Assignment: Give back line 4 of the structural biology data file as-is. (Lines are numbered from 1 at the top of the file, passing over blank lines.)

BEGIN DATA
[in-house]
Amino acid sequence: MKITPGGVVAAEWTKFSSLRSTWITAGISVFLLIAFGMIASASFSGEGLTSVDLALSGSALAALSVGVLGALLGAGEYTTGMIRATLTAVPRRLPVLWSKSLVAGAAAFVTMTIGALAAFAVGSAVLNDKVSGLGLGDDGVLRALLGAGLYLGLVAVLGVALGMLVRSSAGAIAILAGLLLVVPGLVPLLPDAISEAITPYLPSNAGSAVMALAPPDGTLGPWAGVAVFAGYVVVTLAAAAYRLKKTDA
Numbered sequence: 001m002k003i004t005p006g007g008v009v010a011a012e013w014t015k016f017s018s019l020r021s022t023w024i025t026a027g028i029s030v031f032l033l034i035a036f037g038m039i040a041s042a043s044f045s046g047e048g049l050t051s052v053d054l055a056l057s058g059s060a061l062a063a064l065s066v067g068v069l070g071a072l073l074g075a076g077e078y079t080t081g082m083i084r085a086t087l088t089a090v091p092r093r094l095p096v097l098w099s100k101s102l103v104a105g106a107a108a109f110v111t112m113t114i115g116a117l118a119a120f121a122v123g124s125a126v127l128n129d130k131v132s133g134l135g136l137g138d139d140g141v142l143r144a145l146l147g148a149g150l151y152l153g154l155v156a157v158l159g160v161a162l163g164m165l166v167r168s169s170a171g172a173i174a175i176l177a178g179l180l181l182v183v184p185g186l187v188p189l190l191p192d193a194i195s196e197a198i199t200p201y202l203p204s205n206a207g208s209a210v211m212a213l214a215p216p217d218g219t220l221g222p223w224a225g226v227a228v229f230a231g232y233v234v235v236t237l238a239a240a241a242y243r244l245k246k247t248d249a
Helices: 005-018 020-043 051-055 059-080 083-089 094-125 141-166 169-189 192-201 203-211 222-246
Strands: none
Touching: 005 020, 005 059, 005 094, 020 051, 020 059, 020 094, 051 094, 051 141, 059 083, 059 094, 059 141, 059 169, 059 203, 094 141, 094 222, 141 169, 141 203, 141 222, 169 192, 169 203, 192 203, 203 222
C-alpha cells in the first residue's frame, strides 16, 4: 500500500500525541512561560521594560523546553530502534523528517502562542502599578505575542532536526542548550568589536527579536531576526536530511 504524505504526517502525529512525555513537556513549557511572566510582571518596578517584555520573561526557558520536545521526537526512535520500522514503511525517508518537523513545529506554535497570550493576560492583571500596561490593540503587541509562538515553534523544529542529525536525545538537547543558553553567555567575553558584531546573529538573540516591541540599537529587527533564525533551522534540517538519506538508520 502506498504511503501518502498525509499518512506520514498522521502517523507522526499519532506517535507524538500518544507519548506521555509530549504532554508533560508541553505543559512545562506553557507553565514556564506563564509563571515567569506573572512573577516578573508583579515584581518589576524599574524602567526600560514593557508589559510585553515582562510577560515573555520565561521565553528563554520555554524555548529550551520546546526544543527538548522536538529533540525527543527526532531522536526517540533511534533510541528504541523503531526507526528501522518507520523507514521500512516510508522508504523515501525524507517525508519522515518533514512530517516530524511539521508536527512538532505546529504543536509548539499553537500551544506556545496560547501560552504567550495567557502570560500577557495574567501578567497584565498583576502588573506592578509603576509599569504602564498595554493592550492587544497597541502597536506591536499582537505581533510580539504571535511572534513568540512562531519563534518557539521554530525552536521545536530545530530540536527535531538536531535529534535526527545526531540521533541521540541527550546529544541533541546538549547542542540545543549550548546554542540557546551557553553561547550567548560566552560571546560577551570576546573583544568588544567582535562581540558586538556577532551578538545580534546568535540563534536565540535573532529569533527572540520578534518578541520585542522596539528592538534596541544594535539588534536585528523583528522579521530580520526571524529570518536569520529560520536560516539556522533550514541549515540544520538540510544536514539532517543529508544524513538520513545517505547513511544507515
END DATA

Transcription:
Helices: 005-018 020-043 051-055 059-080 083-089 094-125 141-166 169-189 192-201 203-211 222-246